Socialist Worker

Birds of Passage is a refreshing tale of gangs, family and the system

by Sophie Squire
Issue No. 2630

Visually stunning

Visually stunning

Birds of passage is a visually stunning account of the lives of the Wayuu clan who live in northern Colombia.

Over ten years from the late 60’s to the late 70s, it follows the family’s growth in prosperity through their part in the drug trade and their eventual downfall.

Cristina Gallego and Ciro Guerra’s film is refreshing in how it treats its characters.

In contrast with many Hollywood films there are no main protagonists or antagonists—and no good or bad guys.

As each character is exposed to the competition and monopoly of a profit-led society they are fundamentally changed.

That’s true of characters that the audience are led to believe to be unchangeable.

The film is loosely based on true events and bills itself as being the origin story of the drug trade in Colombia.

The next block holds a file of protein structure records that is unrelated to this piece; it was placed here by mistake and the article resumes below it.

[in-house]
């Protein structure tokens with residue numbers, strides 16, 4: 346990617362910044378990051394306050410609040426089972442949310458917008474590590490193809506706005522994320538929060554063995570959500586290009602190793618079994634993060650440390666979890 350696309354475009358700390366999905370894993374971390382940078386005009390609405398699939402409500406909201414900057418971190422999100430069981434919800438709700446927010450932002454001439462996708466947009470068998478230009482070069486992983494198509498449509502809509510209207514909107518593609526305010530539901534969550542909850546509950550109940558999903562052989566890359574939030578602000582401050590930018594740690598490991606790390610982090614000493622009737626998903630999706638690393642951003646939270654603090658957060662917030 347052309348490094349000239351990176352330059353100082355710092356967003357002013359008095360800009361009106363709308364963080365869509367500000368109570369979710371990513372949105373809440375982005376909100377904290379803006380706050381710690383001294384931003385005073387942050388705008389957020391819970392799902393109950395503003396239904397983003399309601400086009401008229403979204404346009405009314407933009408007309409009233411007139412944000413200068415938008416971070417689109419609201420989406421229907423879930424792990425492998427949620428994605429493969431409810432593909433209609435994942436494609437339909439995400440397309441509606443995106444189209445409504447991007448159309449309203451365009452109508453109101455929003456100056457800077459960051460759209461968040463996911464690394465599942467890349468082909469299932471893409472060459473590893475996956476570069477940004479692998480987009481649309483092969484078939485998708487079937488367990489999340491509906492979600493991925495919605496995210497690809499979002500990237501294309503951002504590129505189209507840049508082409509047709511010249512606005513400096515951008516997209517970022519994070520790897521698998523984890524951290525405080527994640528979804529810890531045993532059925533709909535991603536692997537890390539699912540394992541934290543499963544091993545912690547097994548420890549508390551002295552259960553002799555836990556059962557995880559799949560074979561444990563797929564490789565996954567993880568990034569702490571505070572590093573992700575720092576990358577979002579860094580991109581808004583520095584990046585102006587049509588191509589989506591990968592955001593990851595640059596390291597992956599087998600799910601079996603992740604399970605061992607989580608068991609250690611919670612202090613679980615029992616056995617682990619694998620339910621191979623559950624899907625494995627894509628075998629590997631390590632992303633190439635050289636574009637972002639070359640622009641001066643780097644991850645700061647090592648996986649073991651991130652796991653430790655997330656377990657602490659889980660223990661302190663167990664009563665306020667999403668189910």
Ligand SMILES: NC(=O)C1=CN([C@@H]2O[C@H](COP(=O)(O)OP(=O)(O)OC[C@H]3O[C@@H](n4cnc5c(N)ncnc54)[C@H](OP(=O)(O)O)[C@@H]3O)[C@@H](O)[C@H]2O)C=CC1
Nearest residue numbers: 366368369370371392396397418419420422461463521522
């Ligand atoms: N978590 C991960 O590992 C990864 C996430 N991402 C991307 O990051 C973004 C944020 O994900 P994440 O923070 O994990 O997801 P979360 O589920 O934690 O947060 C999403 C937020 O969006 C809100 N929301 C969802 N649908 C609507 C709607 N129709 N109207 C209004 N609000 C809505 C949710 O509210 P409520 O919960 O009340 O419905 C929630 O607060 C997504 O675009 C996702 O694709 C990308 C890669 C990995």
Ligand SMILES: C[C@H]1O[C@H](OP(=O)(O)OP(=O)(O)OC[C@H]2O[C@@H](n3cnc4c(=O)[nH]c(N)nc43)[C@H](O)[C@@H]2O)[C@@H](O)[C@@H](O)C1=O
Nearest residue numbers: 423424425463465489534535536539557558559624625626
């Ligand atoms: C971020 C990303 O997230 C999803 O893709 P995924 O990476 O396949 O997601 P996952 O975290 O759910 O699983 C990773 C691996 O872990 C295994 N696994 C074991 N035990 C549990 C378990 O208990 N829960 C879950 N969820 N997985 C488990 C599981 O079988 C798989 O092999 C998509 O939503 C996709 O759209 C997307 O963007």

Birds of Passage is an accurate depiction of the decade of the violence of the drug trade in this period.

But to reduce this film to just simply a crime drama or a mob film would be a disservice.

This film is about family and tradition. It is a cautionary tale of capitalist greed that seeps into a community leaving only destruction.

An early sequence depicts a white American couple from the peace corps handing the main character, Rapayet, a sticker that says “Say no to communism”.

He shouts back at them “Long live capitalism!” The scene hangs over the film leaving the audience with the feeling that will inevitably become a tragedy.

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Mon 12 Nov 2018, 14:31 GMT
Issue No. 2630
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